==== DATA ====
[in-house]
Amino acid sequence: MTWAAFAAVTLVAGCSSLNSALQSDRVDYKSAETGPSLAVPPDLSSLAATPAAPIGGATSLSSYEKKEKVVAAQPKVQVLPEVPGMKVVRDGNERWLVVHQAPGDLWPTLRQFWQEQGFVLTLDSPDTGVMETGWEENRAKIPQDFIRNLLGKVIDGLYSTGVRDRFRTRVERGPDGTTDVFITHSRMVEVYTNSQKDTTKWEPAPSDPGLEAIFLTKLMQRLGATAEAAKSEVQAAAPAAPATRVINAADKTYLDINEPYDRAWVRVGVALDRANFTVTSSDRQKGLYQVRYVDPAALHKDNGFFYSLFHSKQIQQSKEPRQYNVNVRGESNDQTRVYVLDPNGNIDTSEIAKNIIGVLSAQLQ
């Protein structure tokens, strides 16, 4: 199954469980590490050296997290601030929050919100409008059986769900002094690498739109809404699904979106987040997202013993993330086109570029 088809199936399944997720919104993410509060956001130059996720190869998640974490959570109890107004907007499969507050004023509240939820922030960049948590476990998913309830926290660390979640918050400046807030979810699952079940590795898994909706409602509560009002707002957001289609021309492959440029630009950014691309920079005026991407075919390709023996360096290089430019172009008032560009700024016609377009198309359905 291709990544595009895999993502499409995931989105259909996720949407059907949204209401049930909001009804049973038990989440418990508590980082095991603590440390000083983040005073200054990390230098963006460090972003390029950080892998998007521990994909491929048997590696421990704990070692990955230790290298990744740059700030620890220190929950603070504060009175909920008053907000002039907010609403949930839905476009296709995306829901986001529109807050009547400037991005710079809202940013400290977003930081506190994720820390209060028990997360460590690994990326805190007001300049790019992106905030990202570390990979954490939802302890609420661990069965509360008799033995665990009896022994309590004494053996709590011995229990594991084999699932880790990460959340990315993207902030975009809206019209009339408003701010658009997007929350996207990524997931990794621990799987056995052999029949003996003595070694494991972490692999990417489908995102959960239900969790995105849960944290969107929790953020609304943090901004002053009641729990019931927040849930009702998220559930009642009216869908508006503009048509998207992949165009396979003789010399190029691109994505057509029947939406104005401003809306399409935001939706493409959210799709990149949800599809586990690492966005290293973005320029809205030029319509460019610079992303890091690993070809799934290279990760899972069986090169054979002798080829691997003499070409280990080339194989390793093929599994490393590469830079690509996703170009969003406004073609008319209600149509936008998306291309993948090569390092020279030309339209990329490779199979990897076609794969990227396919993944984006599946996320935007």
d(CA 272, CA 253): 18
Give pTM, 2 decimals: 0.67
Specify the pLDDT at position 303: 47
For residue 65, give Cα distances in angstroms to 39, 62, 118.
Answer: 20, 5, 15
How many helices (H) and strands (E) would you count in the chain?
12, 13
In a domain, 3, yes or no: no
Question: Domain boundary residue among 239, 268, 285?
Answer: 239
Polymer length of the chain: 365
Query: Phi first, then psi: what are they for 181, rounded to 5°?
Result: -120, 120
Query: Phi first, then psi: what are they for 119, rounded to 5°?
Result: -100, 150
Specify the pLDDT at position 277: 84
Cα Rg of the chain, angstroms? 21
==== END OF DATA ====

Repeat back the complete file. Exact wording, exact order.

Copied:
[in-house]
Amino acid sequence: MTWAAFAAVTLVAGCSSLNSALQSDRVDYKSAETGPSLAVPPDLSSLAATPAAPIGGATSLSSYEKKEKVVAAQPKVQVLPEVPGMKVVRDGNERWLVVHQAPGDLWPTLRQFWQEQGFVLTLDSPDTGVMETGWEENRAKIPQDFIRNLLGKVIDGLYSTGVRDRFRTRVERGPDGTTDVFITHSRMVEVYTNSQKDTTKWEPAPSDPGLEAIFLTKLMQRLGATAEAAKSEVQAAAPAAPATRVINAADKTYLDINEPYDRAWVRVGVALDRANFTVTSSDRQKGLYQVRYVDPAALHKDNGFFYSLFHSKQIQQSKEPRQYNVNVRGESNDQTRVYVLDPNGNIDTSEIAKNIIGVLSAQLQ
């Protein structure tokens, strides 16, 4: 199954469980590490050296997290601030929050919100409008059986769900002094690498739109809404699904979106987040997202013993993330086109570029 088809199936399944997720919104993410509060956001130059996720190869998640974490959570109890107004907007499969507050004023509240939820922030960049948590476990998913309830926290660390979640918050400046807030979810699952079940590795898994909706409602509560009002707002957001289609021309492959440029630009950014691309920079005026991407075919390709023996360096290089430019172009008032560009700024016609377009198309359905 291709990544595009895999993502499409995931989105259909996720949407059907949204209401049930909001009804049973038990989440418990508590980082095991603590440390000083983040005073200054990390230098963006460090972003390029950080892998998007521990994909491929048997590696421990704990070692990955230790290298990744740059700030620890220190929950603070504060009175909920008053907000002039907010609403949930839905476009296709995306829901986001529109807050009547400037991005710079809202940013400290977003930081506190994720820390209060028990997360460590690994990326805190007001300049790019992106905030990202570390990979954490939802302890609420661990069965509360008799033995665990009896022994309590004494053996709590011995229990594991084999699932880790990460959340990315993207902030975009809206019209009339408003701010658009997007929350996207990524997931990794621990799987056995052999029949003996003595070694494991972490692999990417489908995102959960239900969790995105849960944290969107929790953020609304943090901004002053009641729990019931927040849930009702998220559930009642009216869908508006503009048509998207992949165009396979003789010399190029691109994505057509029947939406104005401003809306399409935001939706493409959210799709990149949800599809586990690492966005290293973005320029809205030029319509460019610079992303890091690993070809799934290279990760899972069986090169054979002798080829691997003499070409280990080339194989390793093929599994490393590469830079690509996703170009969003406004073609008319209600149509936008998306291309993948090569390092020279030309339209990329490779199979990897076609794969990227396919993944984006599946996320935007």
d(CA 272, CA 253): 18
Give pTM, 2 decimals: 0.67
Specify the pLDDT at position 303: 47
For residue 65, give Cα distances in angstroms to 39, 62, 118.
Answer: 20, 5, 15
How many helices (H) and strands (E) would you count in the chain?
12, 13
In a domain, 3, yes or no: no
Question: Domain boundary residue among 239, 268, 285?
Answer: 239
Polymer length of the chain: 365
Query: Phi first, then psi: what are they for 181, rounded to 5°?
Result: -120, 120
Query: Phi first, then psi: what are they for 119, rounded to 5°?
Result: -100, 150
Specify the pLDDT at position 277: 84
Cα Rg of the chain, angstroms? 21